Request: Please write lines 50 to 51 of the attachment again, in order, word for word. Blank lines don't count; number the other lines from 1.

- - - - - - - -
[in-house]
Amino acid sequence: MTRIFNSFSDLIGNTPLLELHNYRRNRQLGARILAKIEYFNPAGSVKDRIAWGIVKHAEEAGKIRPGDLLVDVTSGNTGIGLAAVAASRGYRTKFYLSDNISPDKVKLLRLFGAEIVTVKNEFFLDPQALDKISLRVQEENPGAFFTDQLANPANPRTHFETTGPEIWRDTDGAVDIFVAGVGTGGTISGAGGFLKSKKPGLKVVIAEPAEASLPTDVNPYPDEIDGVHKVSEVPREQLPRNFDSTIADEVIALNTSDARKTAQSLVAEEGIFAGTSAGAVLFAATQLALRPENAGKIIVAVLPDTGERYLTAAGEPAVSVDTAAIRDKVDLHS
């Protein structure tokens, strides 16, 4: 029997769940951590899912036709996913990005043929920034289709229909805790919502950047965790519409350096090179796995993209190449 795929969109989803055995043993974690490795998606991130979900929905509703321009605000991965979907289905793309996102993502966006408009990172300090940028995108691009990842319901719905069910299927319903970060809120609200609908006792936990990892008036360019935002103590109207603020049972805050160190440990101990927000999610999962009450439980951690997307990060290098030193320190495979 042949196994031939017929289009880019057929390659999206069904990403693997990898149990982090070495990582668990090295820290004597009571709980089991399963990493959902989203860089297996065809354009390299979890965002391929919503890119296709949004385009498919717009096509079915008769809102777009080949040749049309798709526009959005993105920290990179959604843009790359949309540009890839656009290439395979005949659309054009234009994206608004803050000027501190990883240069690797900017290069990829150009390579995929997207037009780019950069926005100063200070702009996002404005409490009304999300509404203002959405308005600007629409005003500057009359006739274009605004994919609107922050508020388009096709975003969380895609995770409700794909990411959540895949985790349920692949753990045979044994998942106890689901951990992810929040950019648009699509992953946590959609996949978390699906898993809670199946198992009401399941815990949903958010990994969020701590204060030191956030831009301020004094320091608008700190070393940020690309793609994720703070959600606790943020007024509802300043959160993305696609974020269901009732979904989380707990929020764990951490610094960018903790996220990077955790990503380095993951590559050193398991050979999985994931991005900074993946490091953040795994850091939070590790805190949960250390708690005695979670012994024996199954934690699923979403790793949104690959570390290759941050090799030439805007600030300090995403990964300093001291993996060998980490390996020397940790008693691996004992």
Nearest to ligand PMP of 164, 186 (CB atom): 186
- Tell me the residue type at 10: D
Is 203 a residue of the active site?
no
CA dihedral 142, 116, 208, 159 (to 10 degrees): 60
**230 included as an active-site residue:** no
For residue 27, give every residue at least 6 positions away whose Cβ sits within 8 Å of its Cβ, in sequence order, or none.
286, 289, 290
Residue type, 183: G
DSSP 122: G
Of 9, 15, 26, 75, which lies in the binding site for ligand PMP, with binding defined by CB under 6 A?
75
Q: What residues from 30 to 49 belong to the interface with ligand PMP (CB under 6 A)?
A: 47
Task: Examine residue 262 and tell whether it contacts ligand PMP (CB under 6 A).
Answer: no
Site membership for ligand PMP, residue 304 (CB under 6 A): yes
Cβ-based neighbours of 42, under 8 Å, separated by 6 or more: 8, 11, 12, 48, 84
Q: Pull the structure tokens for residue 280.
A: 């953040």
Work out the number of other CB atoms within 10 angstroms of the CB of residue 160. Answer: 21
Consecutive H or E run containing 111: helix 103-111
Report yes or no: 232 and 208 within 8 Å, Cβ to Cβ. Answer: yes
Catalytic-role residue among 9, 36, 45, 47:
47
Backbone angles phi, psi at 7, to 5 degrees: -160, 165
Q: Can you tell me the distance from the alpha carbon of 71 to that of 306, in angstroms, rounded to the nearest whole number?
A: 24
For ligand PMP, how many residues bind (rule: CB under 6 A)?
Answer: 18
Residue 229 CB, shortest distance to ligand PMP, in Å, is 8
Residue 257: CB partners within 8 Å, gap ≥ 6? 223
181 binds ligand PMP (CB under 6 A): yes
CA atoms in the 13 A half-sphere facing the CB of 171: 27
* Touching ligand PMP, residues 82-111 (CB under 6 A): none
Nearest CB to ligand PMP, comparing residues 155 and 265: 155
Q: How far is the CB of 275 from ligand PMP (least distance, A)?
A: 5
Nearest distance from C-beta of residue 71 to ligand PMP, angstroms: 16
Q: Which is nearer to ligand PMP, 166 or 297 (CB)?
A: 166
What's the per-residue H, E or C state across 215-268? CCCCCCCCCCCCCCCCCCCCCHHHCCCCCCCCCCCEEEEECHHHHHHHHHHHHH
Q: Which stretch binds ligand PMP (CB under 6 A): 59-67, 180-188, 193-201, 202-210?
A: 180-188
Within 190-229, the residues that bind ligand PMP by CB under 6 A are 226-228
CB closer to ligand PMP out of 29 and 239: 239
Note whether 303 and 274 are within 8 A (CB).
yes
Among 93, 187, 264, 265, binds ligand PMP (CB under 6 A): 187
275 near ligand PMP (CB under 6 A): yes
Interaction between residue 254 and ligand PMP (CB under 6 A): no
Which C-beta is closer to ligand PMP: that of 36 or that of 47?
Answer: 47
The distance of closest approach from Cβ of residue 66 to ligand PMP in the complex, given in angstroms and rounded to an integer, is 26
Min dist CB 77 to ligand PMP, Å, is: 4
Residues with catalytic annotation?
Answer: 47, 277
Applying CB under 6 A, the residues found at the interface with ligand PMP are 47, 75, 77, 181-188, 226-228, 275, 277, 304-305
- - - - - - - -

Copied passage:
Note whether 303 and 274 are within 8 A (CB).
yes